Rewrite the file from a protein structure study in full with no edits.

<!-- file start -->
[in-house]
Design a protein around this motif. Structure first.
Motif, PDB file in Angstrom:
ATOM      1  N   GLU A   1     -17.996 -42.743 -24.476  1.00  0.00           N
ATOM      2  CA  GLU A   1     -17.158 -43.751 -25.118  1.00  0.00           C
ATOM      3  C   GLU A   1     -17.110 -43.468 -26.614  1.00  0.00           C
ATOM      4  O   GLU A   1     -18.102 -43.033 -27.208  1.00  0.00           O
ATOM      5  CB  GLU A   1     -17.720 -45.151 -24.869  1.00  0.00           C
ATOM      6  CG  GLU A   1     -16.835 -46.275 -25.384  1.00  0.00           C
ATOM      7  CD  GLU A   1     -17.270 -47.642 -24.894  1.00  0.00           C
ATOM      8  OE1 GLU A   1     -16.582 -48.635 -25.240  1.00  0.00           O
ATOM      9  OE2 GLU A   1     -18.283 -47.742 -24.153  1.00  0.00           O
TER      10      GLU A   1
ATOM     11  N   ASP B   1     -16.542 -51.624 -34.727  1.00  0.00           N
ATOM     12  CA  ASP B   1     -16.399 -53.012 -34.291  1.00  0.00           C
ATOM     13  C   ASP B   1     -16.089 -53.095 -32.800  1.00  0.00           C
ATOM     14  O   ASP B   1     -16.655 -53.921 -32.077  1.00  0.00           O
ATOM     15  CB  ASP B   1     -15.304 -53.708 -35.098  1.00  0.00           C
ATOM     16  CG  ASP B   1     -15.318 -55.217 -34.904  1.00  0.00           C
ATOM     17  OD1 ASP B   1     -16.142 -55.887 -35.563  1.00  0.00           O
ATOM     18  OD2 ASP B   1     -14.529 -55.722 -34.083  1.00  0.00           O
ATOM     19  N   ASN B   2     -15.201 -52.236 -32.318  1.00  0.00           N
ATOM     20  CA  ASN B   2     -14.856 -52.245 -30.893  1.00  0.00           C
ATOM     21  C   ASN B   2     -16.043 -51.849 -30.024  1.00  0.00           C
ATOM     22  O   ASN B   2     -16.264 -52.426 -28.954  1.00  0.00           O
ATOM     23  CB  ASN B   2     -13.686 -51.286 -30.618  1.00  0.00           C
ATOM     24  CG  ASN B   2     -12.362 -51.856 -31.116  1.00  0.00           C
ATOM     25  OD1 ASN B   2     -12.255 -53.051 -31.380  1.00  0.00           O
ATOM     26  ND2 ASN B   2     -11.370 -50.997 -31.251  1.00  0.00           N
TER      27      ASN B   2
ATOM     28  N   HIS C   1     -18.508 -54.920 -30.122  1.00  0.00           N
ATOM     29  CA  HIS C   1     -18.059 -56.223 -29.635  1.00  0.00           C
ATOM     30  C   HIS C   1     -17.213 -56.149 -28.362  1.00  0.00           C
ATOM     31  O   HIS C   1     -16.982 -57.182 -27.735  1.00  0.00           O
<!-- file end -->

[in-house]
Design a protein around this motif. Structure first.
Motif, PDB file in Angstrom:
ATOM      1  N   GLU A   1     -17.996 -42.743 -24.476  1.00  0.00           N
ATOM      2  CA  GLU A   1     -17.158 -43.751 -25.118  1.00  0.00           C
ATOM      3  C   GLU A   1     -17.110 -43.468 -26.614  1.00  0.00           C
ATOM      4  O   GLU A   1     -18.102 -43.033 -27.208  1.00  0.00           O
ATOM      5  CB  GLU A   1     -17.720 -45.151 -24.869  1.00  0.00           C
ATOM      6  CG  GLU A   1     -16.835 -46.275 -25.384  1.00  0.00           C
ATOM      7  CD  GLU A   1     -17.270 -47.642 -24.894  1.00  0.00           C
ATOM      8  OE1 GLU A   1     -16.582 -48.635 -25.240  1.00  0.00           O
ATOM      9  OE2 GLU A   1     -18.283 -47.742 -24.153  1.00  0.00           O
TER      10      GLU A   1
ATOM     11  N   ASP B   1     -16.542 -51.624 -34.727  1.00  0.00           N
ATOM     12  CA  ASP B   1     -16.399 -53.012 -34.291  1.00  0.00           C
ATOM     13  C   ASP B   1     -16.089 -53.095 -32.800  1.00  0.00           C
ATOM     14  O   ASP B   1     -16.655 -53.921 -32.077  1.00  0.00           O
ATOM     15  CB  ASP B   1     -15.304 -53.708 -35.098  1.00  0.00           C
ATOM     16  CG  ASP B   1     -15.318 -55.217 -34.904  1.00  0.00           C
ATOM     17  OD1 ASP B   1     -16.142 -55.887 -35.563  1.00  0.00           O
ATOM     18  OD2 ASP B   1     -14.529 -55.722 -34.083  1.00  0.00           O
ATOM     19  N   ASN B   2     -15.201 -52.236 -32.318  1.00  0.00           N
ATOM     20  CA  ASN B   2     -14.856 -52.245 -30.893  1.00  0.00           C
ATOM     21  C   ASN B   2     -16.043 -51.849 -30.024  1.00  0.00           C
ATOM     22  O   ASN B   2     -16.264 -52.426 -28.954  1.00  0.00           O
ATOM     23  CB  ASN B   2     -13.686 -51.286 -30.618  1.00  0.00           C
ATOM     24  CG  ASN B   2     -12.362 -51.856 -31.116  1.00  0.00           C
ATOM     25  OD1 ASN B   2     -12.255 -53.051 -31.380  1.00  0.00           O
ATOM     26  ND2 ASN B   2     -11.370 -50.997 -31.251  1.00  0.00           N
TER      27      ASN B   2
ATOM     28  N   HIS C   1     -18.508 -54.920 -30.122  1.00  0.00           N
ATOM     29  CA  HIS C   1     -18.059 -56.223 -29.635  1.00  0.00           C
ATOM     30  C   HIS C   1     -17.213 -56.149 -28.362  1.00  0.00           C
ATOM     31  O   HIS C   1     -16.982 -57.182 -27.735  1.00  0.00           O